If you’re going to located the pump and piping more than fifty feet from your hot tub, be sure to up-size them to prevent loss of pressure in the jets. Likewise, if you locate your heater more than five feet below the tub’s water level, you’ll have to adjust it. Heaters located more than ten feet below this level will need a special flow switch. Try to install your pump below the water level of the tub. Pumps located higher up can lose their prime, ceasing circulation of water and damaging the pump.

 

Some Basics About Hot Tub Chemicals

hot tub chemicals

Maintenance is important for any big investment, and a hot tub is no exception. Special chemicals are needed to keep your hot tub sanitary and to make sure that the water chemistry is properly balanced. Without them, bacteria growth and mineral buildup could damage your hot tub’s water heater and pipes, as well as promoting possible illness in hot tub users. However, it can be difficult to decide which hot tub chemicals to use in your spa. Here’s a short guide to some of the most common options and how they work.

Chlorine: You’re probably familiar with this chemical as a pool sanitizer. It’s used in a different concentration in your hot tub, so be sure to buy the right kind. You can purchase granules and tablets formulated specifically for use in hot tubs. Chlorine can also be used to shock a tub where the sanitizers have failed, or the upkeep of which has been poor. To do this, use a larger concentration of chlorine, and stay away from the hot tub for a day or so.

Bromine: This hot tub chemical comes in the form of granules, tablets, or nuggets. It also comes in a few forms. One is sodium bromide. This needs to be activated with an oxidizer. Chlorine is one. Potassium Monopersulfate, also called non-chlorine shock, is another. If you’d prefer not to have to activate your bromine, you can purchase BCDMH, a self-activating combination of chlorine and bromine. Many people prefer bromine for their hot tubs over chlorine since it’s less likely to off gas harmfully. Bromine can also work in a wide range of pH levels, so it’s less likely to stop functioning entirely if your water chemistry is off. Generally, bromine is distributed via a cartridge system or a floating feeder.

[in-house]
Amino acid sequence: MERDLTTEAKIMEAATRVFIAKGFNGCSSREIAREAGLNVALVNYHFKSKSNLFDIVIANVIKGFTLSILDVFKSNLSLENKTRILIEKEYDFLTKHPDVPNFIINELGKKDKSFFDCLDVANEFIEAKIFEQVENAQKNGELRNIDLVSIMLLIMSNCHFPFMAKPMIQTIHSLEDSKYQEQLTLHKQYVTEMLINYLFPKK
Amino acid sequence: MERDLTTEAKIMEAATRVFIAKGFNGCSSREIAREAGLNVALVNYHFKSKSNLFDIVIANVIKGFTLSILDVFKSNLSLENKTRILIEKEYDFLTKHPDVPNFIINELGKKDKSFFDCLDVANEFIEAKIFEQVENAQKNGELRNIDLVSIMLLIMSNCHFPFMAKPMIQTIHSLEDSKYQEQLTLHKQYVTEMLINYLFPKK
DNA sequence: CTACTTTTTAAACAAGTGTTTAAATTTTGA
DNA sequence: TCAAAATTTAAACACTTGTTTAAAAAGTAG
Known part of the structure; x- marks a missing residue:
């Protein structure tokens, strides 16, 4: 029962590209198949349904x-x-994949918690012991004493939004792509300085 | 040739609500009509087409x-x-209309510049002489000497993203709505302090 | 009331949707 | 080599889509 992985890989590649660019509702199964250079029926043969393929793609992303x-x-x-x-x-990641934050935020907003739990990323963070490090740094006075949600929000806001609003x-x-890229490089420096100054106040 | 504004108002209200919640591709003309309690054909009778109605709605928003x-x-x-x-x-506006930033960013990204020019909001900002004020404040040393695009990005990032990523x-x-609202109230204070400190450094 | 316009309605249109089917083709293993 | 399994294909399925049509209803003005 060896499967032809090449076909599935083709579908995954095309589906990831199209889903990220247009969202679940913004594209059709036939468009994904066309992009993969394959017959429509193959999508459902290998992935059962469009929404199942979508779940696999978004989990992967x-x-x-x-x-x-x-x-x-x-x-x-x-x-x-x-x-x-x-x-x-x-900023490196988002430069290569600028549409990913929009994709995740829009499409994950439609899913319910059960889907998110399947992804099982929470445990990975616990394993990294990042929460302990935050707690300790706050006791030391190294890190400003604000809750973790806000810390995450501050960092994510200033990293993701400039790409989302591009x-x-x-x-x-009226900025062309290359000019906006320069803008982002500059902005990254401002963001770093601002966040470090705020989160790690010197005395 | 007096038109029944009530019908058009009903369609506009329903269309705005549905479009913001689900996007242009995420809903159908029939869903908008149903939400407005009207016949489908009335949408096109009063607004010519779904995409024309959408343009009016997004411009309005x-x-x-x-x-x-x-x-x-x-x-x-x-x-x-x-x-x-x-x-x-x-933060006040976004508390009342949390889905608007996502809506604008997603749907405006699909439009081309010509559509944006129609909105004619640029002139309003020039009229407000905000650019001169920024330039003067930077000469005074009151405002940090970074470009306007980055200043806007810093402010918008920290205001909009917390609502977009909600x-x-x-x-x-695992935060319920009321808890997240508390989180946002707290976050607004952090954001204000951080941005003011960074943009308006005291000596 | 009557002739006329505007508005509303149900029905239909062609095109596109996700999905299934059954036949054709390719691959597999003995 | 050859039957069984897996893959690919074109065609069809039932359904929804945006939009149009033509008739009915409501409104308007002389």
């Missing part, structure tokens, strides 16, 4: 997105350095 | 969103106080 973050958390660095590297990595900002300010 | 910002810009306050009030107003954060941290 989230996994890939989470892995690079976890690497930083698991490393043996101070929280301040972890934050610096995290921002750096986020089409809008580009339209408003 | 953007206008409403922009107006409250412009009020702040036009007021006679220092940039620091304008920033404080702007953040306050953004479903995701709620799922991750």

Biguanide: These sanitizers contain neither chlorine or bromine. Instead, they kill bacteria by attacking their cell walls. A hydrogen peroxide based oxidizer is used to burn off any organic matter, keeping the water clear. The benefit of biguanide sanitizers is that they produce less smell than either bromine or chlorine, and don’t off gas at the temperatures used in a hot tub.

Ozone: This is technically an oxidizer, not a sanitizer. However, it reduces the amount of work that you need to perform with sanitizers, lowering the level of hot tub chemicals you’ll need. To use ozone in your hot tub, you’ll need to have a type of equipment called an ozonator. Even with this device, you’ll still need to use a little chlorine or bromine, just not as much. Some say that ozone alone will sanitize a hot tub, but this is a myth. Ozone is compatible with almost all sanitizers.

Mineral Spa Care: Mineral systems can replace your sanitizers, but they can assist them. Generally, you’ll place a mineral cartridge inside your filter cartridge, or in a floating dispenser. Sanitizing minerals will then slowly disperse through the water, lowering the amount of chemicals you’ll need to keep your hot tub clean.